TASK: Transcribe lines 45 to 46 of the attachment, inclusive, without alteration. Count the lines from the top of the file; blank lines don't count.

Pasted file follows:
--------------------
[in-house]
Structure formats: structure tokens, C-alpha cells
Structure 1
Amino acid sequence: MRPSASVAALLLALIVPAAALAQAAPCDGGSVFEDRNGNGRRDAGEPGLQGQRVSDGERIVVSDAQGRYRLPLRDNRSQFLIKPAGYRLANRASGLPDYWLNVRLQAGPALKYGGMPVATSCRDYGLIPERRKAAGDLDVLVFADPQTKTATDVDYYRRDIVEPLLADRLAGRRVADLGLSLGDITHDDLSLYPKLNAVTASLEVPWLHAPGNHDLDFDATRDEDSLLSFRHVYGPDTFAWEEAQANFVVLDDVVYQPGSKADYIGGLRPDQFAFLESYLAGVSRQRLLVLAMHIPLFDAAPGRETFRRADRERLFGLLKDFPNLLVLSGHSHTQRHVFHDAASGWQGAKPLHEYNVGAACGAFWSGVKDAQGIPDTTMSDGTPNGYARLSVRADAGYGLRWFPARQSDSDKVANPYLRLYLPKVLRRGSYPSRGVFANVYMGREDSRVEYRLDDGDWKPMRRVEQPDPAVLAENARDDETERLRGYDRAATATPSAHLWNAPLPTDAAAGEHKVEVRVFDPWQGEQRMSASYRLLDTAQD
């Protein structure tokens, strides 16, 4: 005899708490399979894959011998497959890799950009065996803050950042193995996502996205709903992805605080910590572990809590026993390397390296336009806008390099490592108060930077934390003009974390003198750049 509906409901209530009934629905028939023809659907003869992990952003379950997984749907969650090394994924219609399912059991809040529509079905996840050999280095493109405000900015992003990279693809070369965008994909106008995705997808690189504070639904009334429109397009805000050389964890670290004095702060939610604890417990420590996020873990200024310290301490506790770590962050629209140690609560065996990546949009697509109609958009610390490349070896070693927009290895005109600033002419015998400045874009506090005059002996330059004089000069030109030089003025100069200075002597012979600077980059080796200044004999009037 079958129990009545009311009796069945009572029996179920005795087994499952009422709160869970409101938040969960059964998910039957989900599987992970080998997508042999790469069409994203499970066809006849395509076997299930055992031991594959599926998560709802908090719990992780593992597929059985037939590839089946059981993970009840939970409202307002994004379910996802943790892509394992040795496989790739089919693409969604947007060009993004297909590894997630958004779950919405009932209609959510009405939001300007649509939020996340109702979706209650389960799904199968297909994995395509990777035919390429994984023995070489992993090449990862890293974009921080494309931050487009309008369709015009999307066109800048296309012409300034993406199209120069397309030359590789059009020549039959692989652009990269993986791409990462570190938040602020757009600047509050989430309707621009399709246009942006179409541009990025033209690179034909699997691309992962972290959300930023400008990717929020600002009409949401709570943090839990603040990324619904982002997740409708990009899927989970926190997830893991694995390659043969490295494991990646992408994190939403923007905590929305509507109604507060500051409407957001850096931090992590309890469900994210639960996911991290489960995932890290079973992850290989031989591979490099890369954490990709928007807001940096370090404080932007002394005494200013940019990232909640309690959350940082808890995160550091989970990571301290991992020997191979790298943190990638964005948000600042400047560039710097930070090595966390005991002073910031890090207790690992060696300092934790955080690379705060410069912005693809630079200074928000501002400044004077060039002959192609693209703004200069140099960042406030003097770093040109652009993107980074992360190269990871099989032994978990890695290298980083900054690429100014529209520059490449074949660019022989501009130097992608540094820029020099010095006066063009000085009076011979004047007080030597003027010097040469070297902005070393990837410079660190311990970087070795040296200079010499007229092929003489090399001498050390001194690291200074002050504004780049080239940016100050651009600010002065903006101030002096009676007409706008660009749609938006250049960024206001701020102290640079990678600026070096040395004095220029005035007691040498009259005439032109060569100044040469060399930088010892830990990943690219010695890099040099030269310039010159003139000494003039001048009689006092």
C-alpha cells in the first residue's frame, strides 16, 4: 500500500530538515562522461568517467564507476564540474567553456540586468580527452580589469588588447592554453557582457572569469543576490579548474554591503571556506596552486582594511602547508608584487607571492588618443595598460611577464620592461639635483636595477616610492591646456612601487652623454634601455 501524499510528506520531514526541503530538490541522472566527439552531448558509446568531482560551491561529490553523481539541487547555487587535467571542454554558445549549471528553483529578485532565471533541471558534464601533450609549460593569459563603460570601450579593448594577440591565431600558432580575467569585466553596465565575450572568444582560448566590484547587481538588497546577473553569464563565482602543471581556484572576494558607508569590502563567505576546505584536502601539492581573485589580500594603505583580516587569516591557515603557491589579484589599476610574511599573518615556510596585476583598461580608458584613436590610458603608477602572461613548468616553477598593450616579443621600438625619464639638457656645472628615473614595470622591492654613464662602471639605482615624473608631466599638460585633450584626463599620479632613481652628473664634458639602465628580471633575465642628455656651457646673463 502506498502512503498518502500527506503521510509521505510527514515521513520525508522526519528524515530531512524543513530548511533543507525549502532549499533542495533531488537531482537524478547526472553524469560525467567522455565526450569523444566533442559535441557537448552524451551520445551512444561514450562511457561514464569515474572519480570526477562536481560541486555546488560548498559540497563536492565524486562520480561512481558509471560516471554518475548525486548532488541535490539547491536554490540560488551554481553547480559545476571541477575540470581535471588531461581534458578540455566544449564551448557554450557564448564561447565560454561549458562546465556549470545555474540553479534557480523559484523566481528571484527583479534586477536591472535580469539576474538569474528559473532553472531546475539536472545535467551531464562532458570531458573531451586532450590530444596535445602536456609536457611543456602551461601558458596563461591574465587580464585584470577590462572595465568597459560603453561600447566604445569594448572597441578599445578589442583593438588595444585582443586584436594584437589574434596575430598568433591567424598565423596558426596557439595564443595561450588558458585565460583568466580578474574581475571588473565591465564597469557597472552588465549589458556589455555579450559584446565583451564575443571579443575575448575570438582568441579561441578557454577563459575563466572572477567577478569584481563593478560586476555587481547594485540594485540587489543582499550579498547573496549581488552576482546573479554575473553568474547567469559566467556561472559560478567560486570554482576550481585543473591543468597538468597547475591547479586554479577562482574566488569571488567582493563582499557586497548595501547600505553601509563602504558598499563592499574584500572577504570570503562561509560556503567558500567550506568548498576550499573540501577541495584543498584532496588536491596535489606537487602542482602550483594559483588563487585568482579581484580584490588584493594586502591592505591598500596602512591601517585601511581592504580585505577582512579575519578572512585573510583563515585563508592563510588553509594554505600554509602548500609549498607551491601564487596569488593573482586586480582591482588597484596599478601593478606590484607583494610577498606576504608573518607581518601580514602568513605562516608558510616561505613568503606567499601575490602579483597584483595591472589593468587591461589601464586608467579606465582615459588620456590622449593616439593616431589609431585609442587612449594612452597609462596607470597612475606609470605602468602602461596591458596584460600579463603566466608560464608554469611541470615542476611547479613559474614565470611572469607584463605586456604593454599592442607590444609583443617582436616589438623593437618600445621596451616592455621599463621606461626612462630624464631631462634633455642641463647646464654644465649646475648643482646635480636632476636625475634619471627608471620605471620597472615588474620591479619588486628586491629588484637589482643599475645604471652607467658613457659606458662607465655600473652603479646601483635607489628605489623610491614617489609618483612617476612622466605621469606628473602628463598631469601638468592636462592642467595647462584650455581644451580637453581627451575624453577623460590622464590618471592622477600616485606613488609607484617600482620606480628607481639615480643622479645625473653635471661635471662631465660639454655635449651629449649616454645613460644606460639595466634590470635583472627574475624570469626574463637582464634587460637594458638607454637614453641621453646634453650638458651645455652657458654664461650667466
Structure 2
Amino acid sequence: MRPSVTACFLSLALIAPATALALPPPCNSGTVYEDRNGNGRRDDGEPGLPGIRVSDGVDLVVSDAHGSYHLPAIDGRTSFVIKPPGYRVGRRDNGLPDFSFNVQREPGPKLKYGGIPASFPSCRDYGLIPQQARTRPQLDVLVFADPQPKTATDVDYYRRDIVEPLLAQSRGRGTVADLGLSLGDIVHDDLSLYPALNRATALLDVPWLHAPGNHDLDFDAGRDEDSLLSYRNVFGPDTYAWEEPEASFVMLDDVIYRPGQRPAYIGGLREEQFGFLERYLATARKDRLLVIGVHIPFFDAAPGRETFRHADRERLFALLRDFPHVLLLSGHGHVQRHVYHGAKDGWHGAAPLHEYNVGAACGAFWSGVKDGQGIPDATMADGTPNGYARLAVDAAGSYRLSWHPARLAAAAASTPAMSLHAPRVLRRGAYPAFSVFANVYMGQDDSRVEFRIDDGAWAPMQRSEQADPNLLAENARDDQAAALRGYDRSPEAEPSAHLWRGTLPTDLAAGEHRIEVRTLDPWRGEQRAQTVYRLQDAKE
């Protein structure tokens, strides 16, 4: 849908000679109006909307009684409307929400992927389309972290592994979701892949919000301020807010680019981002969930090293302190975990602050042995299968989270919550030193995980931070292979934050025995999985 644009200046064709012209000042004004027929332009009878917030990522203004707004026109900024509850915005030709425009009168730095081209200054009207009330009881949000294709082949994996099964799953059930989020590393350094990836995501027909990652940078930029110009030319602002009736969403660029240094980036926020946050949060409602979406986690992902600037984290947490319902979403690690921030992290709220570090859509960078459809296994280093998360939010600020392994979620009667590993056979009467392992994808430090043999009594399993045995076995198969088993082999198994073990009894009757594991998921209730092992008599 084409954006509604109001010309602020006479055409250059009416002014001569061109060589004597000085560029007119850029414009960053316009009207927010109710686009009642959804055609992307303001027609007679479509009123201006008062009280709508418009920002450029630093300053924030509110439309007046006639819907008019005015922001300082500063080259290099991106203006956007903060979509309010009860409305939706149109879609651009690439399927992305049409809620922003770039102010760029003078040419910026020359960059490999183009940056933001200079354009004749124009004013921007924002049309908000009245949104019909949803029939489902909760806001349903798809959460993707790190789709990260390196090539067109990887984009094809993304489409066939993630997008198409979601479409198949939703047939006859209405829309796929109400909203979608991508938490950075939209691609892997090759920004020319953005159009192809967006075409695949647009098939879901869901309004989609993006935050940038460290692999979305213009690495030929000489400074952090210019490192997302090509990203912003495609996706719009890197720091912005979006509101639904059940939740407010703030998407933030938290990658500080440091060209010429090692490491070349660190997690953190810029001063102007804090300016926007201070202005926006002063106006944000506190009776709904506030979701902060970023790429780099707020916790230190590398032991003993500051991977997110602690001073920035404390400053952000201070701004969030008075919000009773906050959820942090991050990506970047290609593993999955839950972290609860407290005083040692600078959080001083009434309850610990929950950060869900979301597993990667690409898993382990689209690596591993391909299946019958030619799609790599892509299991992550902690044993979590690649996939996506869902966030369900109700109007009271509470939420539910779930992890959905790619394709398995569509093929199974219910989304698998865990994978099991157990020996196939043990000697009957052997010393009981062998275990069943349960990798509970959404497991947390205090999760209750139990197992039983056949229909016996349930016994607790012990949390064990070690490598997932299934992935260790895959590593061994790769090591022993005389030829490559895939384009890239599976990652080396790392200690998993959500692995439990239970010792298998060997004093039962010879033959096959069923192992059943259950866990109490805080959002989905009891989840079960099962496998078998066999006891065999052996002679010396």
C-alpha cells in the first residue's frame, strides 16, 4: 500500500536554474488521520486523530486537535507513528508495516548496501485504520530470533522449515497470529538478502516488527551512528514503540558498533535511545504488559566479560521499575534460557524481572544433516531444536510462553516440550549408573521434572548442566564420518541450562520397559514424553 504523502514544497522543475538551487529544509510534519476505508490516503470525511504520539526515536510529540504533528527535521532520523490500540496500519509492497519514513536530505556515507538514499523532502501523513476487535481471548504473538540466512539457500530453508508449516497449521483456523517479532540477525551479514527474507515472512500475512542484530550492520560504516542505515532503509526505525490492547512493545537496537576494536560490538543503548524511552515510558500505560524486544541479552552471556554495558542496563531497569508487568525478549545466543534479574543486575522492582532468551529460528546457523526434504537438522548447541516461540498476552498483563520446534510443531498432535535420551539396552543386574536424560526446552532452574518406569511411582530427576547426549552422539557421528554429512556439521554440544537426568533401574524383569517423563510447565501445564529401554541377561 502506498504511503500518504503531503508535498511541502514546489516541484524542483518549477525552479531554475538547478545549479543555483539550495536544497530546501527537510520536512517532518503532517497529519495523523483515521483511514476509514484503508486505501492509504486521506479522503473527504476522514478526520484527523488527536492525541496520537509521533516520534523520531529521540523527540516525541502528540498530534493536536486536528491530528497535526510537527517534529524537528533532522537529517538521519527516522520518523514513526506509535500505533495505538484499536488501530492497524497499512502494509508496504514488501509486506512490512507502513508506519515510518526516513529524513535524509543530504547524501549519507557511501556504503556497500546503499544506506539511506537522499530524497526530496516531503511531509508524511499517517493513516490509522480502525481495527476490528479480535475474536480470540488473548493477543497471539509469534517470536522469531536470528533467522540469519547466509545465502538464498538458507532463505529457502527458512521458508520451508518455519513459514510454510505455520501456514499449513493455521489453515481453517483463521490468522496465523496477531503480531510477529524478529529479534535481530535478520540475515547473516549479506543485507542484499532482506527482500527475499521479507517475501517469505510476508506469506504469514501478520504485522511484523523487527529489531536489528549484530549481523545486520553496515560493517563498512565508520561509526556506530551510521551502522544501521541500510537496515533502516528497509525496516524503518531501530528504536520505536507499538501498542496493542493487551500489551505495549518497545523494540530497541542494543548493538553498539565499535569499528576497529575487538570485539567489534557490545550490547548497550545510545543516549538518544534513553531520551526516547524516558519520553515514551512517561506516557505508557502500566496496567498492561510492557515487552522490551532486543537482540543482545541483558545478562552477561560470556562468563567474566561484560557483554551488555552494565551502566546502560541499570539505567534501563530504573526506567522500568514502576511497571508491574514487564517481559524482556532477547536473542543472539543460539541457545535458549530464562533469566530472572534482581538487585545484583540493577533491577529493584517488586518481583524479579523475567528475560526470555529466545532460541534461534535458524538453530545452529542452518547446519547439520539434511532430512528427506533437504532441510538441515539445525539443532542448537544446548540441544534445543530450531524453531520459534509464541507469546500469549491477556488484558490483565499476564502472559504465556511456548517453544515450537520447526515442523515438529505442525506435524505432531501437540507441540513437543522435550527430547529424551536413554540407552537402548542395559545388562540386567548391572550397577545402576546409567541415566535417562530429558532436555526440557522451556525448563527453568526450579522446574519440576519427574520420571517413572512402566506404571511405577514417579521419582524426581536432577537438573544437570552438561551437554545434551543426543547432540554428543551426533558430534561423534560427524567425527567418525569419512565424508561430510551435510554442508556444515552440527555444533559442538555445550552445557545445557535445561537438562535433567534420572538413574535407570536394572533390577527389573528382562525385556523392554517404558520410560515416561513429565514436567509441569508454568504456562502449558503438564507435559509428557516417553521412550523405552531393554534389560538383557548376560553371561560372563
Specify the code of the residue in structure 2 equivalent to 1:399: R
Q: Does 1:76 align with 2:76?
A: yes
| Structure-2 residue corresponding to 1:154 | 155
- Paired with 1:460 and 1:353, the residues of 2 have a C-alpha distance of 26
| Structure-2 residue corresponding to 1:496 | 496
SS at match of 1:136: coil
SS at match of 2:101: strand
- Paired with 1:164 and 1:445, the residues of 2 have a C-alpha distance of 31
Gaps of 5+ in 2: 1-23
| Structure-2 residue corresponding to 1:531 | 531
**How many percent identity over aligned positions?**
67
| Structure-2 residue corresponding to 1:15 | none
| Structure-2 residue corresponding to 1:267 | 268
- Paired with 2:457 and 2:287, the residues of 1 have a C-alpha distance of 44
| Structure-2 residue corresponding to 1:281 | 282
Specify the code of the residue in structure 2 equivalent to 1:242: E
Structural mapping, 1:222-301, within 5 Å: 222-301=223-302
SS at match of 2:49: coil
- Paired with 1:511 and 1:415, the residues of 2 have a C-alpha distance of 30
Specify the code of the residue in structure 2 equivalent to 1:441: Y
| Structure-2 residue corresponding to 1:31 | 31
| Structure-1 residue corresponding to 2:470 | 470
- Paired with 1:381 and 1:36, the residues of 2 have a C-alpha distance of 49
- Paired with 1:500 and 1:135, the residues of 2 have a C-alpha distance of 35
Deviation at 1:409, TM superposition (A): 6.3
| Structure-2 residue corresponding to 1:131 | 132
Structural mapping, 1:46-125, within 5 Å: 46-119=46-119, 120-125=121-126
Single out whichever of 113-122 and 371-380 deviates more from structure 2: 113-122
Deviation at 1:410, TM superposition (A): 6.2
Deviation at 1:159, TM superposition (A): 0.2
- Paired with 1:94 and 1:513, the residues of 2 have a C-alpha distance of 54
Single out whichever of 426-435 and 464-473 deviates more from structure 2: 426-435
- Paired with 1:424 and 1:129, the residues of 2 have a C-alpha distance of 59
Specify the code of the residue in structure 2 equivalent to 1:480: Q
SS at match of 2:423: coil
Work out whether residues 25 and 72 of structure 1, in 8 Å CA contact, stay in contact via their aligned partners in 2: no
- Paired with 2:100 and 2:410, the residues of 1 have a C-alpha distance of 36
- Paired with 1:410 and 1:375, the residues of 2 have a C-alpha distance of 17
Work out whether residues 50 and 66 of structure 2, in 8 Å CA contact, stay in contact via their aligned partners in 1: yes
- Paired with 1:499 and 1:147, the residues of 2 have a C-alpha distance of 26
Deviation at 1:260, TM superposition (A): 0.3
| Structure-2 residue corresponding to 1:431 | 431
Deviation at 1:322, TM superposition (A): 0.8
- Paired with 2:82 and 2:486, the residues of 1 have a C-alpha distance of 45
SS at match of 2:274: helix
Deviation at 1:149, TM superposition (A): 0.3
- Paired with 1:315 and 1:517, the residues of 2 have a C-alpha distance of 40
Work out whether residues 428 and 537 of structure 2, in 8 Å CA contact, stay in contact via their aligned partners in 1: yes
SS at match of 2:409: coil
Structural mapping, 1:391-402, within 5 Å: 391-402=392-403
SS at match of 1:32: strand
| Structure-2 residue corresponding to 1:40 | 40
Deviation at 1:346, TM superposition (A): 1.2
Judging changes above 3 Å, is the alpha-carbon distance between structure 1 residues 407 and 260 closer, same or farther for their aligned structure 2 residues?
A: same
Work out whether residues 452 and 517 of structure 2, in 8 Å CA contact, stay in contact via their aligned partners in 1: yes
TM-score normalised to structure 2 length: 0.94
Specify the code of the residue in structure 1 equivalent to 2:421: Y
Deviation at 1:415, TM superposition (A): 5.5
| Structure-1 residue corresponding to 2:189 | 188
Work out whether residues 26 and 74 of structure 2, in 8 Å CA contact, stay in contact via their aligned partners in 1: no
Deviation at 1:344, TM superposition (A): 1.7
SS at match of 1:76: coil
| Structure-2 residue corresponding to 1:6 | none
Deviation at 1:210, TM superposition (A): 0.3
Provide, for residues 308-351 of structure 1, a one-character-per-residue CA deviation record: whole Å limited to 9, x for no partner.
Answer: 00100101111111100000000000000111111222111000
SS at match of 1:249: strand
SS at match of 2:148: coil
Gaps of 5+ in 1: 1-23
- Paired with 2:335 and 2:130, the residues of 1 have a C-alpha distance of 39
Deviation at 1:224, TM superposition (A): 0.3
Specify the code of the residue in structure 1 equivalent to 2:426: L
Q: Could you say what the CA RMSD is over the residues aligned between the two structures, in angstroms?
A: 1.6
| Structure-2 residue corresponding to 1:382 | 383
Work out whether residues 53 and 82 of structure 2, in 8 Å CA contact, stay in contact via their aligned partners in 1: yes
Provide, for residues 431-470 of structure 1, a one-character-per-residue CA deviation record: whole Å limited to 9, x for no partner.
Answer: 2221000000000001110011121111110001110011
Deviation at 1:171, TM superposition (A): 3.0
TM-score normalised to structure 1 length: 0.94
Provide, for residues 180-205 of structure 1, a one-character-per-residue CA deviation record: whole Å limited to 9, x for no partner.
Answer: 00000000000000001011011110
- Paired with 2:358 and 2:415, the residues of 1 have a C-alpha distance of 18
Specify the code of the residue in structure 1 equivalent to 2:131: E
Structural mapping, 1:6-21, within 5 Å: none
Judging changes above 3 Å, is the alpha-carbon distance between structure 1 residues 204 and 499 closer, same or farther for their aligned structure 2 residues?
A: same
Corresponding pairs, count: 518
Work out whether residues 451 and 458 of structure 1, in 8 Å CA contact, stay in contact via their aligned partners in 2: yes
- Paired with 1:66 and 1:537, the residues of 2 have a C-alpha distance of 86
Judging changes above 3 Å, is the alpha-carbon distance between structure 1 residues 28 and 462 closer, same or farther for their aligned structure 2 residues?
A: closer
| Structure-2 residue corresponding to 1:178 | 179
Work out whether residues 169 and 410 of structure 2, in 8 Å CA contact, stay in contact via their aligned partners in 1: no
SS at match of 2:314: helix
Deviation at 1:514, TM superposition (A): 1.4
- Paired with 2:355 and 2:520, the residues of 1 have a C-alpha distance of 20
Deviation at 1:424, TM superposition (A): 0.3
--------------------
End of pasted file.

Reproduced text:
- Paired with 1:424 and 1:129, the residues of 2 have a C-alpha distance of 59
Specify the code of the residue in structure 2 equivalent to 1:480: Q